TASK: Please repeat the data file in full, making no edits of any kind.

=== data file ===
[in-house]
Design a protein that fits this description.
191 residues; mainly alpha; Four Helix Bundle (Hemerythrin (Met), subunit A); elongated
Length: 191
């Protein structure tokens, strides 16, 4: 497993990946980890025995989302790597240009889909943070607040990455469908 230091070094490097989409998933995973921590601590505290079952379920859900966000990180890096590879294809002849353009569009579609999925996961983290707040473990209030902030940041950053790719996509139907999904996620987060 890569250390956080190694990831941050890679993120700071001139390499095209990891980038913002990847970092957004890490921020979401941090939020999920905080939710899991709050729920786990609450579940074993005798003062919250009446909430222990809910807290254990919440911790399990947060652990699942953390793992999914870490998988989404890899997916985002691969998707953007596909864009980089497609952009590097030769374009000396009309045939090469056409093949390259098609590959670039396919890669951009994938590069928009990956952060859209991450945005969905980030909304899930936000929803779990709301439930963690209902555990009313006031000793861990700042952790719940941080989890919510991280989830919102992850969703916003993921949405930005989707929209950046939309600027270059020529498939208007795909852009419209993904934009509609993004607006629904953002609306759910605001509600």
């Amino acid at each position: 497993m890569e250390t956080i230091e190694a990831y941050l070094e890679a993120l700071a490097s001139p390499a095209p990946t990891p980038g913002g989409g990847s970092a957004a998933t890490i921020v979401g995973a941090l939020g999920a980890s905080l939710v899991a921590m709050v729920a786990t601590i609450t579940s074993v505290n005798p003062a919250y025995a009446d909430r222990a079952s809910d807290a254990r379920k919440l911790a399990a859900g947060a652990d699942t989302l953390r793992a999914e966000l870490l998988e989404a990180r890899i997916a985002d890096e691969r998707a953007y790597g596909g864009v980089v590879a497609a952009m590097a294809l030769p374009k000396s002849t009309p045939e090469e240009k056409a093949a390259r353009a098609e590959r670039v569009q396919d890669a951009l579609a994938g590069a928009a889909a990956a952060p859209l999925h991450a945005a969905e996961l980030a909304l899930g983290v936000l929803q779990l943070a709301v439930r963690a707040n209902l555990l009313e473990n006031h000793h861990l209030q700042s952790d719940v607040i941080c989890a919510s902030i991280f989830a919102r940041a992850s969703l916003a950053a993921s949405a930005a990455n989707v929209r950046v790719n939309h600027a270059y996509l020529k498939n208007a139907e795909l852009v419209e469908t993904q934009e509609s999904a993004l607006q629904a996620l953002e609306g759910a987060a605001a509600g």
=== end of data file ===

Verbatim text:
[in-house]
Design a protein that fits this description.
191 residues; mainly alpha; Four Helix Bundle (Hemerythrin (Met), subunit A); elongated
Length: 191
């Protein structure tokens, strides 16, 4: 497993990946980890025995989302790597240009889909943070607040990455469908 230091070094490097989409998933995973921590601590505290079952379920859900966000990180890096590879294809002849353009569009579609999925996961983290707040473990209030902030940041950053790719996509139907999904996620987060 890569250390956080190694990831941050890679993120700071001139390499095209990891980038913002990847970092957004890490921020979401941090939020999920905080939710899991709050729920786990609450579940074993005798003062919250009446909430222990809910807290254990919440911790399990947060652990699942953390793992999914870490998988989404890899997916985002691969998707953007596909864009980089497609952009590097030769374009000396009309045939090469056409093949390259098609590959670039396919890669951009994938590069928009990956952060859209991450945005969905980030909304899930936000929803779990709301439930963690209902555990009313006031000793861990700042952790719940941080989890919510991280989830919102992850969703916003993921949405930005989707929209950046939309600027270059020529498939208007795909852009419209993904934009509609993004607006629904953002609306759910605001509600």
């Amino acid at each position: 497993m890569e250390t956080i230091e190694a990831y941050l070094e890679a993120l700071a490097s001139p390499a095209p990946t990891p980038g913002g989409g990847s970092a957004a998933t890490i921020v979401g995973a941090l939020g999920a980890s905080l939710v899991a921590m709050v729920a786990t601590i609450t579940s074993v505290n005798p003062a919250y025995a009446d909430r222990a079952s809910d807290a254990r379920k919440l911790a399990a859900g947060a652990d699942t989302l953390r793992a999914e966000l870490l998988e989404a990180r890899i997916a985002d890096e691969r998707a953007y790597g596909g864009v980089v590879a497609a952009m590097a294809l030769p374009k000396s002849t009309p045939e090469e240009k056409a093949a390259r353009a098609e590959r670039v569009q396919d890669a951009l579609a994938g590069a928009a889909a990956a952060p859209l999925h991450a945005a969905e996961l980030a909304l899930g983290v936000l929803q779990l943070a709301v439930r963690a707040n209902l555990l009313e473990n006031h000793h861990l209030q700042s952790d719940v607040i941080c989890a919510s902030i991280f989830a919102r940041a992850s969703l916003a950053a993921s949405a930005a990455n989707v929209r950046v790719n939309h600027a270059y996509l020529k498939n208007a139907e795909l852009v419209e469908t993904q934009e509609s999904a993004l607006q629904a996620l953002e609306g759910a987060a605001a509600g």